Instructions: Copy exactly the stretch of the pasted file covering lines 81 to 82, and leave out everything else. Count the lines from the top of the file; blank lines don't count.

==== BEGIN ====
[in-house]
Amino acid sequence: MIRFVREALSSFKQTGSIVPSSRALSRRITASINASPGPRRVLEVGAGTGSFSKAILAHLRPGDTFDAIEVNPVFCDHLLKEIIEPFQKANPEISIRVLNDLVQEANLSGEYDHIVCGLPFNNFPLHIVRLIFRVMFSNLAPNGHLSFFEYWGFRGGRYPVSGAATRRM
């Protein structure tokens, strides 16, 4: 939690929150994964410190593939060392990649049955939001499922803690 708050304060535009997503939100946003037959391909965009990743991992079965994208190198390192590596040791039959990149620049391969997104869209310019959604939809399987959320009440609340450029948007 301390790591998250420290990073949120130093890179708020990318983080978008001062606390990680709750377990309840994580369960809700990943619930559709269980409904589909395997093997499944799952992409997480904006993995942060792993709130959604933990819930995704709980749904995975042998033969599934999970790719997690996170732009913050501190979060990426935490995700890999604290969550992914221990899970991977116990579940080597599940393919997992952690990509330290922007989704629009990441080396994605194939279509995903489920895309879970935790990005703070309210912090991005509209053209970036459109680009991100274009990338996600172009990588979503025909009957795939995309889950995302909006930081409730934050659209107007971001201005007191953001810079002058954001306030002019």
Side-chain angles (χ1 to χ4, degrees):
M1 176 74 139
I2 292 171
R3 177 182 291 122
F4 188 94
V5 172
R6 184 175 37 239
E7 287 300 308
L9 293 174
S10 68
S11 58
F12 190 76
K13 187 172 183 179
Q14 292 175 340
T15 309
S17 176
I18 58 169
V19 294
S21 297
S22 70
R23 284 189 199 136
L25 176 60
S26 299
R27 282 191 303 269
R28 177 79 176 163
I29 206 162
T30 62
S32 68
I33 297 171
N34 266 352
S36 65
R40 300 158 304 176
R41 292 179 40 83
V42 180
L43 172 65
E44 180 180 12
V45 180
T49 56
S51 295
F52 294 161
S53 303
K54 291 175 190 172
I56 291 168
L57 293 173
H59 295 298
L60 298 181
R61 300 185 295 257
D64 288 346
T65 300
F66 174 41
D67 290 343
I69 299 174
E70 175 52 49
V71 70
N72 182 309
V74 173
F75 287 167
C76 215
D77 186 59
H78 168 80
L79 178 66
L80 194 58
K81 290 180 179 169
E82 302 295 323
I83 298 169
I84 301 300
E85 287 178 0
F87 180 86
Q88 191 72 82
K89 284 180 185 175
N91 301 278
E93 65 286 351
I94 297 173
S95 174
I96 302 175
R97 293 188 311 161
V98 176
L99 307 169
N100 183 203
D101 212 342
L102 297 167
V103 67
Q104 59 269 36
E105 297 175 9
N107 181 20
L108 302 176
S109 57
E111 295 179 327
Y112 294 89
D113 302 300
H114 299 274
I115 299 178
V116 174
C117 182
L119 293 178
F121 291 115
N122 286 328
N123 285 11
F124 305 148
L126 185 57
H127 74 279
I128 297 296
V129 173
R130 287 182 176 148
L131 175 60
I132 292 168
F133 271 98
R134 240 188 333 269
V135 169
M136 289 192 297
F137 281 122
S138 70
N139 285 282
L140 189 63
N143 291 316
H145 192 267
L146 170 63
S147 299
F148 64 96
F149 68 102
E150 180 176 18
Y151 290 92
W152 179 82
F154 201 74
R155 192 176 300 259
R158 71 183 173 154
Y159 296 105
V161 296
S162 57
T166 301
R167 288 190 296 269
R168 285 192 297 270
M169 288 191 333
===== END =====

L99 307 169
N100 183 203